International Conference focuses on Removing Stigma and the Revival of the Garifuna Culture
THE EFFORTS being made to remove stigma attached to the Garifuna culture and its overall revival through education was the focus of this year’s International Garifuna Conference.
The conference, which is in its seventh year, officially opened on Wednesday, March 11 with a ceremony at the National Insurance Services (NIS) conference room.
It was held under the theme: “Indigenous Caribbean: Rethinking a strategic direction for reviving Garifuna heritage and culture through education”, and ended last Friday after a threeday agenda packed with workshops and formal sessions.
“I believe that everyone of us in this room this morning — particularly those who are born, bred Vincentians — all of us are quite familiar with the negative stigma associated with being called Carib and the unjust treatment meted out sometimes by us, who think we are not Caribs…” David ‘Darkie’ Williams, the president of the Garifuna Heritage Foundation said at Wednesday’s opening ceremony.
He said that the residue of that stigma still exists in today’s society but he believes that the work of the Garifuna Heritage Foundation has been pivotal in negating and to an extent, erasing most of that negativity.
Williams acknowledged the many entities — locally, regionally and internationally, that have partnered with the Foundation so far to advance the work of the Foundation in reviving the indigenous culture of Garifuna.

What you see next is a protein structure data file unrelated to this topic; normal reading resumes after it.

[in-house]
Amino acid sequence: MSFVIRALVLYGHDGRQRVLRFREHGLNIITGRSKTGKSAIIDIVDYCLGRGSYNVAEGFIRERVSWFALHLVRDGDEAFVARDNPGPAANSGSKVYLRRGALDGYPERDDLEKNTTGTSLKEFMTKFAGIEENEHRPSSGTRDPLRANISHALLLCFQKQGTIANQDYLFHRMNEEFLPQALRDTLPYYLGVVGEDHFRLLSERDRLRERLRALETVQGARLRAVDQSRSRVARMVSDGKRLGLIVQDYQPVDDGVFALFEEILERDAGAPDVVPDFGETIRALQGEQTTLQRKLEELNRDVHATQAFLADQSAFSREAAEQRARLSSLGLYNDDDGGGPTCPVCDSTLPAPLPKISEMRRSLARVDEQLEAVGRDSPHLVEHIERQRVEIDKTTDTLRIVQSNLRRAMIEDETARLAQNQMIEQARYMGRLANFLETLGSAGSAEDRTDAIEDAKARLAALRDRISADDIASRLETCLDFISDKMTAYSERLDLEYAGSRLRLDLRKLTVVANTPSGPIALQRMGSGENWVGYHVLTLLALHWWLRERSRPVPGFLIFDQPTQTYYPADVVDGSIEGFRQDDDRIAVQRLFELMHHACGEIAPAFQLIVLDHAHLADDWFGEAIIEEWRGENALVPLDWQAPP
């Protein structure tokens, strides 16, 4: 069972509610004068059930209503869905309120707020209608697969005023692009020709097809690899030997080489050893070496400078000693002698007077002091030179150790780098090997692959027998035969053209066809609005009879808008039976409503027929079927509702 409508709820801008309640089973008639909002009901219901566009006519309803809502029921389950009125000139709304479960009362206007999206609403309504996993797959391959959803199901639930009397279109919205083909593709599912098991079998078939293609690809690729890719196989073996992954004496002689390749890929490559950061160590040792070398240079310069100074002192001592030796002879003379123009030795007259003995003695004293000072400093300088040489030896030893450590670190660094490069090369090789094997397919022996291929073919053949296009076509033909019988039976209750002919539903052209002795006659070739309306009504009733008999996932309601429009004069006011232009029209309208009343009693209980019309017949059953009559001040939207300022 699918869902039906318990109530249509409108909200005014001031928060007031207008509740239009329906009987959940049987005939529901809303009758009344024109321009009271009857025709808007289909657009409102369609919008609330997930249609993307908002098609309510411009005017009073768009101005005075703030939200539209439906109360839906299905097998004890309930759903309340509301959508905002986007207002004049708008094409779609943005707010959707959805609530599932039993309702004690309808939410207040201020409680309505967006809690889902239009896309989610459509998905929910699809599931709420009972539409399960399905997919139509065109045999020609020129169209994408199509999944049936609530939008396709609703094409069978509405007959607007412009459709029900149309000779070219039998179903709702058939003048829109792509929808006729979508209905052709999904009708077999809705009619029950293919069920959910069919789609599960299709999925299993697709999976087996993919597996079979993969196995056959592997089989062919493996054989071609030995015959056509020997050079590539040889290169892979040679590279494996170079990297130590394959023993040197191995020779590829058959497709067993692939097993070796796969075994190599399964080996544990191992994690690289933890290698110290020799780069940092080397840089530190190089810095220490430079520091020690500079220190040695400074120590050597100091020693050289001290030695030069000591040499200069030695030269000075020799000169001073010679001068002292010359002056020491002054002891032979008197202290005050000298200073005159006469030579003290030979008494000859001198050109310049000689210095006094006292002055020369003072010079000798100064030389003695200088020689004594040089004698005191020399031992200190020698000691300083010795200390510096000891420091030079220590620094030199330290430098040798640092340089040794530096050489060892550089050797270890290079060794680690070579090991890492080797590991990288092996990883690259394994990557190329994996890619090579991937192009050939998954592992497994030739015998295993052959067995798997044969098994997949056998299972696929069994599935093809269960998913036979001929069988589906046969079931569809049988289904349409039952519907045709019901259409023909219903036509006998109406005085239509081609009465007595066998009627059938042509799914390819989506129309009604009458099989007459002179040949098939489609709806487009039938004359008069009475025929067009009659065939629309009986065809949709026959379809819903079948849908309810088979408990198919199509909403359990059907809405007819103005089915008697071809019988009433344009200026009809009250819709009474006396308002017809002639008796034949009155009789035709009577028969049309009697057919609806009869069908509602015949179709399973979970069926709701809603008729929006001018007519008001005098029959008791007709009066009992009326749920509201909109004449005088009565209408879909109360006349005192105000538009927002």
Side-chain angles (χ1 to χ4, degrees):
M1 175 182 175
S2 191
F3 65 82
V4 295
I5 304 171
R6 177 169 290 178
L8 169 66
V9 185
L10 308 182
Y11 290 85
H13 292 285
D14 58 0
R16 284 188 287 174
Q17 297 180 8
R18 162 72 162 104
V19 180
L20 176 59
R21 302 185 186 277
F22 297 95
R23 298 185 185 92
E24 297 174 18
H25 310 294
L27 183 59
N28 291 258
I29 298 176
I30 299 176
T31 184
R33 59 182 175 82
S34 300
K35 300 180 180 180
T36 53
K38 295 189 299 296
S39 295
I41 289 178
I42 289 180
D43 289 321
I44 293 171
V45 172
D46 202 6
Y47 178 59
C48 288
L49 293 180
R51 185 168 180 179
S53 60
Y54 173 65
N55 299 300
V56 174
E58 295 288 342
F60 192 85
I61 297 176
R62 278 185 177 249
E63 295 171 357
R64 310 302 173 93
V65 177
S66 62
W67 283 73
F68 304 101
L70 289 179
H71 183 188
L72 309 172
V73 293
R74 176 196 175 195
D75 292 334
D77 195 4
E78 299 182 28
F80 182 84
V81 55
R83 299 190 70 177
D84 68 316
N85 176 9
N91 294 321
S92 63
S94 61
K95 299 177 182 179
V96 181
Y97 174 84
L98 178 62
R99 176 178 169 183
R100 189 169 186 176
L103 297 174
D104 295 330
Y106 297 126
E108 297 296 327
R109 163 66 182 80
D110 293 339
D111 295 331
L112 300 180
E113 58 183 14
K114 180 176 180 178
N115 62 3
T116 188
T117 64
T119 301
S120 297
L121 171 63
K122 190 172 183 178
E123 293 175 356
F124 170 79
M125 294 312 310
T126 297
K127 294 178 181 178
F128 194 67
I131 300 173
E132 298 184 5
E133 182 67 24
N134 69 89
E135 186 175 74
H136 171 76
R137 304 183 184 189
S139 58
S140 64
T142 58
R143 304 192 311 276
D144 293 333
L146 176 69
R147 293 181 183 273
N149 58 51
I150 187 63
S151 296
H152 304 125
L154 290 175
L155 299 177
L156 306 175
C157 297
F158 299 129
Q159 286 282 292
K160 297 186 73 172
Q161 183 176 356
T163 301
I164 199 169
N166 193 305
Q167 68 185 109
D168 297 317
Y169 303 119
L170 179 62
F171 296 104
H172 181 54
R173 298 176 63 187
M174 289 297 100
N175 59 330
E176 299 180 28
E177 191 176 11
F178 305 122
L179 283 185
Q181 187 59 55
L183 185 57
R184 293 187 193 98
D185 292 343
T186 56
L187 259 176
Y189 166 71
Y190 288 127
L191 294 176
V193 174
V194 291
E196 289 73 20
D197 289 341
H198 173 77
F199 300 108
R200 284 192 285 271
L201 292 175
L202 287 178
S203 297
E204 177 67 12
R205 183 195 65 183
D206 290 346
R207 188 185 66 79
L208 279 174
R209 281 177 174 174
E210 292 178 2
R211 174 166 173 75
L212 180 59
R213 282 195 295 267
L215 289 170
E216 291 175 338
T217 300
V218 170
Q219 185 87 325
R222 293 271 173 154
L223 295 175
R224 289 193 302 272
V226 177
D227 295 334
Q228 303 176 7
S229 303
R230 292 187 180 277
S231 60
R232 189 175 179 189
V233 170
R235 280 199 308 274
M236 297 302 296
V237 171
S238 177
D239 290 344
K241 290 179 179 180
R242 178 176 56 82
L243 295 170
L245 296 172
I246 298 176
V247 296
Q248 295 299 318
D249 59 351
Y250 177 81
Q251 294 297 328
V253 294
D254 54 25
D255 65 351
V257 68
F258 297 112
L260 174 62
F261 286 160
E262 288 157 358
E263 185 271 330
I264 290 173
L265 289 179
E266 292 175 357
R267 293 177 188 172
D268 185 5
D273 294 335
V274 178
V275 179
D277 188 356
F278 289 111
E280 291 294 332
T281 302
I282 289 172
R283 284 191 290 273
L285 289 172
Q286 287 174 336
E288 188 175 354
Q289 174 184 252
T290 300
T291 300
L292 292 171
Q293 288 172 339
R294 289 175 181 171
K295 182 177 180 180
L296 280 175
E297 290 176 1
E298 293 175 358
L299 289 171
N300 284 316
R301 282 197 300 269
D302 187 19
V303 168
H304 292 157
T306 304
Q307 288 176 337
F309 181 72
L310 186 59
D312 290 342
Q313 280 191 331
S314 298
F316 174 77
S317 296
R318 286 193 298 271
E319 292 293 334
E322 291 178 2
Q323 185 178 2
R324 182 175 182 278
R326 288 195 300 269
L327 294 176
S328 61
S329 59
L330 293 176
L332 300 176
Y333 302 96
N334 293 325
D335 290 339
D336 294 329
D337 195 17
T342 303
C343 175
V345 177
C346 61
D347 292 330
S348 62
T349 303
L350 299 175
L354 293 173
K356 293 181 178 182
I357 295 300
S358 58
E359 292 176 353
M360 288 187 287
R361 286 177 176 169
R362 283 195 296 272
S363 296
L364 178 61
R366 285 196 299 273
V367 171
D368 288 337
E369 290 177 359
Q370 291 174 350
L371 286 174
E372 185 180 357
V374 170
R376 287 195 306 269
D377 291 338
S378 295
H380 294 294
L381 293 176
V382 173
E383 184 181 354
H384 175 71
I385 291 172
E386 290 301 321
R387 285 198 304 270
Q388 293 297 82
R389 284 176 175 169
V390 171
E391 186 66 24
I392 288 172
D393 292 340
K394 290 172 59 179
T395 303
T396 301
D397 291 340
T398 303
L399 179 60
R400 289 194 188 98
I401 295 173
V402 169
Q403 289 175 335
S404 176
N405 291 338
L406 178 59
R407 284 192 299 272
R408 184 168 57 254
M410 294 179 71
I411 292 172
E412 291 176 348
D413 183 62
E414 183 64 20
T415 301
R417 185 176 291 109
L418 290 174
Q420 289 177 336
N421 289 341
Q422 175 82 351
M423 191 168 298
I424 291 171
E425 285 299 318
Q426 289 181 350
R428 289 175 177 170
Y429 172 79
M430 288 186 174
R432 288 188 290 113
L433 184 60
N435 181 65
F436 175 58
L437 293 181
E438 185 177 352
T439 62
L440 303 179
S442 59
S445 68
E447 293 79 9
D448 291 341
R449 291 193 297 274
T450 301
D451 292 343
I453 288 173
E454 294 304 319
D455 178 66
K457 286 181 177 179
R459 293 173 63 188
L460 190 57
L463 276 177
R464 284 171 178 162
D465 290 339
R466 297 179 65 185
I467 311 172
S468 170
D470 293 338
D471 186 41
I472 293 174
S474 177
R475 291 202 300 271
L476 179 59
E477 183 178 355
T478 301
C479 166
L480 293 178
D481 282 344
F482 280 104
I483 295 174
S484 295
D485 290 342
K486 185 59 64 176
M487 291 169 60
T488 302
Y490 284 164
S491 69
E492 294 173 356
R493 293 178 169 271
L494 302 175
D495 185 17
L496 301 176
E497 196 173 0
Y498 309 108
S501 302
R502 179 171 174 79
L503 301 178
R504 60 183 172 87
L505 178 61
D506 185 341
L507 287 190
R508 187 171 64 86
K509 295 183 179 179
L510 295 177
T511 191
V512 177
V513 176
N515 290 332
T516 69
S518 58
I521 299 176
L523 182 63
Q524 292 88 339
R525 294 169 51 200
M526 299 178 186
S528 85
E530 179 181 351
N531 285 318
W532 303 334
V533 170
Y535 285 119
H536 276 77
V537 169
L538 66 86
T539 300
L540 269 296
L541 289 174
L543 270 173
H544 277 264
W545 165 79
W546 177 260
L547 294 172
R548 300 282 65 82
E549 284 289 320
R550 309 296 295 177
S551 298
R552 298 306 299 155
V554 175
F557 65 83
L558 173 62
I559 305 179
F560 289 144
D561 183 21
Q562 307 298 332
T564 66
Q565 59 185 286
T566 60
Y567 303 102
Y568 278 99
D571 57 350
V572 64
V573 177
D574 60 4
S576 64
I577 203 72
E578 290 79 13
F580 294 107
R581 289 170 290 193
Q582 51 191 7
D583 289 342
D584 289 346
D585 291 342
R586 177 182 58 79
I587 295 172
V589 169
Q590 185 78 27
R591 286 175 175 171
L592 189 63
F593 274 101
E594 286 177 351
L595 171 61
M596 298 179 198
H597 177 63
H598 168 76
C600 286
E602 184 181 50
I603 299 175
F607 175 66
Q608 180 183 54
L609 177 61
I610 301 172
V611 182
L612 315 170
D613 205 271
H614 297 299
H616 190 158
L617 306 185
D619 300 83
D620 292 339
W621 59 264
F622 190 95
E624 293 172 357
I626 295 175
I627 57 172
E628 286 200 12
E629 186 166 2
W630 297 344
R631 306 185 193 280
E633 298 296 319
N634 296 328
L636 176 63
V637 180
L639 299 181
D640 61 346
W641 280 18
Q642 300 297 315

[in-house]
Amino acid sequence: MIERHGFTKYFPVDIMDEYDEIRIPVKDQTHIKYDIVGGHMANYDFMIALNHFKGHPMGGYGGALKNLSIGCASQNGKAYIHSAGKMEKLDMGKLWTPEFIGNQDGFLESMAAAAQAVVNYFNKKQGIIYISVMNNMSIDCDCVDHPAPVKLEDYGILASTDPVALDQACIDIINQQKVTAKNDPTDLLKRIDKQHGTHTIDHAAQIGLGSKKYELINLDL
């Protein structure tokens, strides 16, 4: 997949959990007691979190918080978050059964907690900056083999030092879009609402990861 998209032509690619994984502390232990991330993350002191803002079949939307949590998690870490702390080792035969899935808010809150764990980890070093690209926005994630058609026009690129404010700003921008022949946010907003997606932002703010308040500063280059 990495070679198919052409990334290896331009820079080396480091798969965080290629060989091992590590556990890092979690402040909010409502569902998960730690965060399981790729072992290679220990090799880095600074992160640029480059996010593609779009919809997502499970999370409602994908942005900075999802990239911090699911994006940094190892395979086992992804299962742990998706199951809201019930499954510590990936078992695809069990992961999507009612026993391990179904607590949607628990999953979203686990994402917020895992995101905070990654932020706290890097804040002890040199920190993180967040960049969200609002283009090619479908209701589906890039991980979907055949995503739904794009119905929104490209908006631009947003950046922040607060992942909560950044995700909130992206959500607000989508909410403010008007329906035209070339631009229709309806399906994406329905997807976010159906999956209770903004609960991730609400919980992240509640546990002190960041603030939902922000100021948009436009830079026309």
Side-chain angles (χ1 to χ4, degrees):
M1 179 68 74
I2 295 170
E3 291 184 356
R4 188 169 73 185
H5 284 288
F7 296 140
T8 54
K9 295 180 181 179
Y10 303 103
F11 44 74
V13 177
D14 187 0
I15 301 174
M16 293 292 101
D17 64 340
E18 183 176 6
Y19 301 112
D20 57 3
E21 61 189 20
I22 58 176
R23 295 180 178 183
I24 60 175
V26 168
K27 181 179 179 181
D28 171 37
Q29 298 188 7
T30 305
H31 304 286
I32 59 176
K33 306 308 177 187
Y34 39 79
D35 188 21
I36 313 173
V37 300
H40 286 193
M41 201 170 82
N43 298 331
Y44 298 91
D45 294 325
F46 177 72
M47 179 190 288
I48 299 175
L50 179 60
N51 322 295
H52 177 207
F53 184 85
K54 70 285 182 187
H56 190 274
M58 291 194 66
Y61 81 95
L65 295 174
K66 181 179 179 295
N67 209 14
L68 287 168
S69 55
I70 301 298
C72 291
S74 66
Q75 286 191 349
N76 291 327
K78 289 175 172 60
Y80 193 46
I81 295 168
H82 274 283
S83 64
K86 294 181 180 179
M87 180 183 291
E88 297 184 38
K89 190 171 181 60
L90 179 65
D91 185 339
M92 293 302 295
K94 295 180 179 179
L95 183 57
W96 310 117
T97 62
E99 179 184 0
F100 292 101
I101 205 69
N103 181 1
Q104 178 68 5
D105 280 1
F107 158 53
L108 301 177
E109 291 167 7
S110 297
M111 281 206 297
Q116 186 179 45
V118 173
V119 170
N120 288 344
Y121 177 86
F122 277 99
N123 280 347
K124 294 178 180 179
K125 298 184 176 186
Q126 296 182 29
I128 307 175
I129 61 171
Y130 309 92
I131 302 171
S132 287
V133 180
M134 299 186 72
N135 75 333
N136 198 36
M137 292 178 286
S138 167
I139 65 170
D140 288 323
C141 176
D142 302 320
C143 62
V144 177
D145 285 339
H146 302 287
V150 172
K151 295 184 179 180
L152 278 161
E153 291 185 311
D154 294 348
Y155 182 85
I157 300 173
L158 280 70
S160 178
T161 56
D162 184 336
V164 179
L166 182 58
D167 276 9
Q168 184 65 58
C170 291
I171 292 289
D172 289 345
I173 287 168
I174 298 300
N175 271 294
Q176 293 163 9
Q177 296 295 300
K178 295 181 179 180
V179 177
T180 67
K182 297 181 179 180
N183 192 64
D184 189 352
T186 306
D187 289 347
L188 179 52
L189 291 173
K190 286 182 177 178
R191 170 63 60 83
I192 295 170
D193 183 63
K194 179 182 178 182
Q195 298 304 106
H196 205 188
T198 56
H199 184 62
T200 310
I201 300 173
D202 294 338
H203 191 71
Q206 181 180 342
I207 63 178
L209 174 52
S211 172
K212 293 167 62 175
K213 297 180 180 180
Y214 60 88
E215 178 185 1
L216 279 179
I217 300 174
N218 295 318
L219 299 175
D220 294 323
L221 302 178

St Clair ‘Jimmy’ Prince, the education minister said indigenous communities no longer see themselves as second class citizens as they once did not too long ago.
But while this is the case, he said that too few Vincentians appreciate the country’s heritage.
The education minister also expressed fear that despite the Foundation’s efforts, the conversation about indigenous culture “remains mainly in the clutches of academia and sometimes academia doesn’t give up easily that which it has captured”.
“The fact that we now have to be talking about reviving cultures which dominated these islands for hundreds of years before the advent of Europeans, speaks volumes of the far reaching effect of colonisation,” Prince said. “But we must not forget, lest we lose more than culture and history. We must not forget because
we are in danger of losing ourselves.”
The 7th International Garifuna Conference comprised six sessions at the NIS conference room and four workshops at the Peace Memorial Hall.
Session topics spanned climate change, heritage tourism, indigenous communities in the Caribbean, including a case study of Greiggs in St Vincent, the role of afro-descendants in indigenous culture, reviving Garifuna and Kalinago culture.
And workshops focused on gathering and analysing oral history among friends and family, practices and uses of medicinal plants, film making and heritage and teaching Garifuna language to primary school children.
Dr Cleve Scott, historian and keynote speaker noted that the Garifuna people who were made to leave St Vincent and eventually settle on Roatan Island in Honduras and in Belize were able to hold on to the culture and language.
And despite those elements having originated in St Vincent, colonisation caused the erosion of the culture here.
Scott, who is a lecturer in the History department at the University of the West Indies, Cave Hill campus, said many were once afraid to claim their heritage in public, while others today continue to fight to be recognised as an ethnicity outside of the ones that are mainstream.
“ The question is, as we go forward, how do we cater to separate ethnicity? Are we still afraid to claim who we are? How do we manage this double consciousness?” he said. “When March comes around, we want to celebrate Garifuna, we want to celebrate Garifuna culture. But what happens after that?”
Cecil McKie, minister with responsibility for culture and Professor Velma Newton, project director of IMPACT Justice also spoke at Wednesday’s opening ceremony.